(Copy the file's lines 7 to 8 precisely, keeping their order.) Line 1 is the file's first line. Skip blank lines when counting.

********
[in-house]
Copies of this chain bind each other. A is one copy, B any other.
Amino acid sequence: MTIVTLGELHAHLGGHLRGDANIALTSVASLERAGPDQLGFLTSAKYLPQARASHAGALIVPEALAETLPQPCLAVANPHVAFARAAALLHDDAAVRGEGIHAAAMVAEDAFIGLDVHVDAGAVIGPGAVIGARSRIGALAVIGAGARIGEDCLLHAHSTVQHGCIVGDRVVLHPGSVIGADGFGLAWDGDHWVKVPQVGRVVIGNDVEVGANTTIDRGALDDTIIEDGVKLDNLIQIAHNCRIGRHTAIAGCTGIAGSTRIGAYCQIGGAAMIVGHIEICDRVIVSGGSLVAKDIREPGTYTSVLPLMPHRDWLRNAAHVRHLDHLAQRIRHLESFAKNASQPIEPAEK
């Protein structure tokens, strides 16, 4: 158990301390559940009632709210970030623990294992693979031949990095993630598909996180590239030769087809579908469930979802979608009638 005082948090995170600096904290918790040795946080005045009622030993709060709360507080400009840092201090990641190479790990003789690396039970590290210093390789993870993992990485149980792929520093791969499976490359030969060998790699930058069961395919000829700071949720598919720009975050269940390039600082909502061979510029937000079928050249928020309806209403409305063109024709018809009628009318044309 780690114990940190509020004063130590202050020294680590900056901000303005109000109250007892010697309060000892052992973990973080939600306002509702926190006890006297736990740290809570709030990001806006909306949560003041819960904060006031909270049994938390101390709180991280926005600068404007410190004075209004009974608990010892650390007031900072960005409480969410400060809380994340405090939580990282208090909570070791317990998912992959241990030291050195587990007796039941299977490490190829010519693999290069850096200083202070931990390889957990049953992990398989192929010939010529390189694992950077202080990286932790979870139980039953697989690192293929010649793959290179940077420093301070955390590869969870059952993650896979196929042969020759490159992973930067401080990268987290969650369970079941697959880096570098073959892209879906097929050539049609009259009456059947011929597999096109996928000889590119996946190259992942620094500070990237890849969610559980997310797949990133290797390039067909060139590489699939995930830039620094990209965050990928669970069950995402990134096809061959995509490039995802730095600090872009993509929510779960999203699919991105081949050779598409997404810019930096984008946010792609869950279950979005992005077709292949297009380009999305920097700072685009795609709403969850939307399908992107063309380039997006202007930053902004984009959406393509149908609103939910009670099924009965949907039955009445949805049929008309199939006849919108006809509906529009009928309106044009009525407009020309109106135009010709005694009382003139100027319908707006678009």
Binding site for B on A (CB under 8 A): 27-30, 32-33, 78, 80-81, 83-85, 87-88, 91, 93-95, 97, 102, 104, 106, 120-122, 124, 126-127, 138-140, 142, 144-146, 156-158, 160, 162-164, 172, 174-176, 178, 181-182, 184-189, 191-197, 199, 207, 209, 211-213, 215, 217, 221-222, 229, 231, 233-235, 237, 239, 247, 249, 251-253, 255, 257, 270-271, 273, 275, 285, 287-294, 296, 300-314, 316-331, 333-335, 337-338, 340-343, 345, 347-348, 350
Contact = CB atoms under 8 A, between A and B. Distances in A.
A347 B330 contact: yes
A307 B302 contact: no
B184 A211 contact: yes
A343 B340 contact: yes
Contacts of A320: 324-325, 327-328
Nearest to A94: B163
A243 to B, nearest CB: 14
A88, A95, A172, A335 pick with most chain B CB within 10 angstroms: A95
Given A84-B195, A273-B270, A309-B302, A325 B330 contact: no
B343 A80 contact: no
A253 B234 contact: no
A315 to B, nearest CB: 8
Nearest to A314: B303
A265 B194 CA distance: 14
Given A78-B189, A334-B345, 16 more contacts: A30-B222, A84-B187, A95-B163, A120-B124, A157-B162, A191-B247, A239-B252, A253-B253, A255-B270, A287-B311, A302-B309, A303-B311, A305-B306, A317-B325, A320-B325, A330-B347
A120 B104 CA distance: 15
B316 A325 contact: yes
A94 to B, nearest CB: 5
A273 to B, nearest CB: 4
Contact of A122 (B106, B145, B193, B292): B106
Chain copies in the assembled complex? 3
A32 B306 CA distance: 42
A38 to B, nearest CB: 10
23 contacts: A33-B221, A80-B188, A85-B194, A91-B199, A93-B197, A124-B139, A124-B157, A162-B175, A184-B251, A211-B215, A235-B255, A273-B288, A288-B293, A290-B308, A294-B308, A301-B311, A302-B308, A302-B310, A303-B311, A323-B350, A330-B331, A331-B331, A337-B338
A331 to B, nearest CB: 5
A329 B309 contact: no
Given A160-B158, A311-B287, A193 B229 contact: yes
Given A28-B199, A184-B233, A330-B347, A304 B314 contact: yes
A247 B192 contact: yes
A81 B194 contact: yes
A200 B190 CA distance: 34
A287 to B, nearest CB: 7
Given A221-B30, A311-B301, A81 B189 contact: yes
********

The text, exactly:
A347 B330 contact: yes
A307 B302 contact: no